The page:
I finished 5th grade at Pawtuckett Elementary School where my new teacher was a female educator of color. She impacted me in a lot of ways and we became really close. Once I moved to the 6th grade I realized that my two core teacher were men. I again was excited to try again with the male teachers at my new school. I remember being terribly nervous and excited to meet these men on open house. My first block was English with Dr. Butler, we walked into his room and to my surprise, he was black. I had never met a black man with an Bachelor’s degree before, let alone a Doctorate’s degree. Then we moved on to math with Mr.Moss who was my second block teacher. Again, I was taken aback at the fact that he was black, and these men were intimidating to me. They were tall, and spoke with sharp tones and carried themselves well. They were the teachers who helped me wake up and realize the realities of the world that had been covered up my entire life. In their classrooms I started to realize that the society that we lived in was not set up to have men of color succeed. They taught me that I would have to work harder than my counterpart for the exact same job, respect, and wealth.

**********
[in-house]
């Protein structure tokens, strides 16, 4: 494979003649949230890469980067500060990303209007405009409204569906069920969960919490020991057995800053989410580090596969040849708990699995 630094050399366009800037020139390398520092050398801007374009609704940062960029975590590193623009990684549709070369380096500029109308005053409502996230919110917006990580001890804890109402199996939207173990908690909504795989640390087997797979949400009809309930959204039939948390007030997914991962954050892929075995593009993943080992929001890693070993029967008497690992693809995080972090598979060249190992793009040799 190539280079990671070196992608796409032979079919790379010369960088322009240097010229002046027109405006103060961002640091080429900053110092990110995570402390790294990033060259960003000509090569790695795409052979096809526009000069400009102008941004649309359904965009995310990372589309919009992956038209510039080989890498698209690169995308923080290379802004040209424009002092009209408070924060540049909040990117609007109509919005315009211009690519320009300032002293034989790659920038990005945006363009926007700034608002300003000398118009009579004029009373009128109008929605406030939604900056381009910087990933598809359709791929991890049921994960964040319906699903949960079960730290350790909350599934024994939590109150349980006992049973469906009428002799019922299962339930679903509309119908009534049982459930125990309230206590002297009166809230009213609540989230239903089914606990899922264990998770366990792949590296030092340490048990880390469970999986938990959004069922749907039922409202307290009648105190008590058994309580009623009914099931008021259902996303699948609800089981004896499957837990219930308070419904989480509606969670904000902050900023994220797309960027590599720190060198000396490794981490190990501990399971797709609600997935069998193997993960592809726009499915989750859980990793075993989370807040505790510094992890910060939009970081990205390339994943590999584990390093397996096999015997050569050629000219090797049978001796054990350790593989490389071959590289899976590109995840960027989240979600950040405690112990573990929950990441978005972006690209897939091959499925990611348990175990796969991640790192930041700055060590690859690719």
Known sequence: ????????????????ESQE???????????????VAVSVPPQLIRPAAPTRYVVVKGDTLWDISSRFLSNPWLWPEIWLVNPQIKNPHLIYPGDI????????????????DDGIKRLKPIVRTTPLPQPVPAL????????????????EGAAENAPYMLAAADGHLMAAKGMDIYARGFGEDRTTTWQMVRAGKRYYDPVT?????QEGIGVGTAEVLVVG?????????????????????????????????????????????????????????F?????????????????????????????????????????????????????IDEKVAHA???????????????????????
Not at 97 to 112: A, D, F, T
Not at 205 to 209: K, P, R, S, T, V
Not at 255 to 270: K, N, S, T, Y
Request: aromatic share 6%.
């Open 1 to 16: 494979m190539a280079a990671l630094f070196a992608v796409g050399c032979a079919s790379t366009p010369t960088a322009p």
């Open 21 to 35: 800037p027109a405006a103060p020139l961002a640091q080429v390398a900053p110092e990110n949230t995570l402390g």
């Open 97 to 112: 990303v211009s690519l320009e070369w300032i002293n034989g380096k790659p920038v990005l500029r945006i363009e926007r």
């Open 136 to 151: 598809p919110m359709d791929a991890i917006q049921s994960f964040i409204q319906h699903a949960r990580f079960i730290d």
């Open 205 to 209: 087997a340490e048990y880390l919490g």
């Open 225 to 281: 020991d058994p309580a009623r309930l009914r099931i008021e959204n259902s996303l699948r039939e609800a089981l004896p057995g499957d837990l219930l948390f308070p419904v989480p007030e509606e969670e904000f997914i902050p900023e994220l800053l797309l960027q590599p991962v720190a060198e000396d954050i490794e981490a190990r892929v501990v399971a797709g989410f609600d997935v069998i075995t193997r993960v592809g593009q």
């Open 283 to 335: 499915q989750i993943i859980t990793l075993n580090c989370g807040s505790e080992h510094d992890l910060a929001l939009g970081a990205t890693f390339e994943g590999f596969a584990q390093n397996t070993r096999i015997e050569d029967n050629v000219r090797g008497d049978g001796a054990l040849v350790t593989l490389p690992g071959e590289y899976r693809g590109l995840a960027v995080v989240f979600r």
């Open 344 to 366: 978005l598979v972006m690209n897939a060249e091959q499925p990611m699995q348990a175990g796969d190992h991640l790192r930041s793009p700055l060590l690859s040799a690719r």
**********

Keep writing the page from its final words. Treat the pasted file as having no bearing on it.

During the school year I’d taken a special liking to Mr.Moss my math teacher and I spent a lot of time in his classroom. I had noticed that the kids who got in trouble the most, had great relationships with the male teachers because they talked one-on-one with them more often than quiet children like myself. I wanted that kind of relationship with these men, and one day at lunch Mr.Moss had jokingly taken my oatmeal pie. I told him he could have it but he gave it back and told me he couldn’t take it. So that afternoon before we went outside to the track, I slipped it in his lunchbox without telling him. After a couple weeks went by he never mentioned the oatmeal pie, so I wrote him a note on one of our test asking him if he’d gotten it. After that he started speaking to me more and having more conversations with me. I started staying after for “tutoring” every Tuesday and Thursday even though I didn’t need it just to hang out with Mr.Moss. I invited him to church and to Sunday dinners with my family after realizing he didn't have any family in Charlotte. He also started pouring into me more after realizing that I was living in a single parent home without a father. I knew I could count on him whenever I needed him. I started realizing that he didn’t want to just be my teacher, he wanted to make a difference in other kids lives.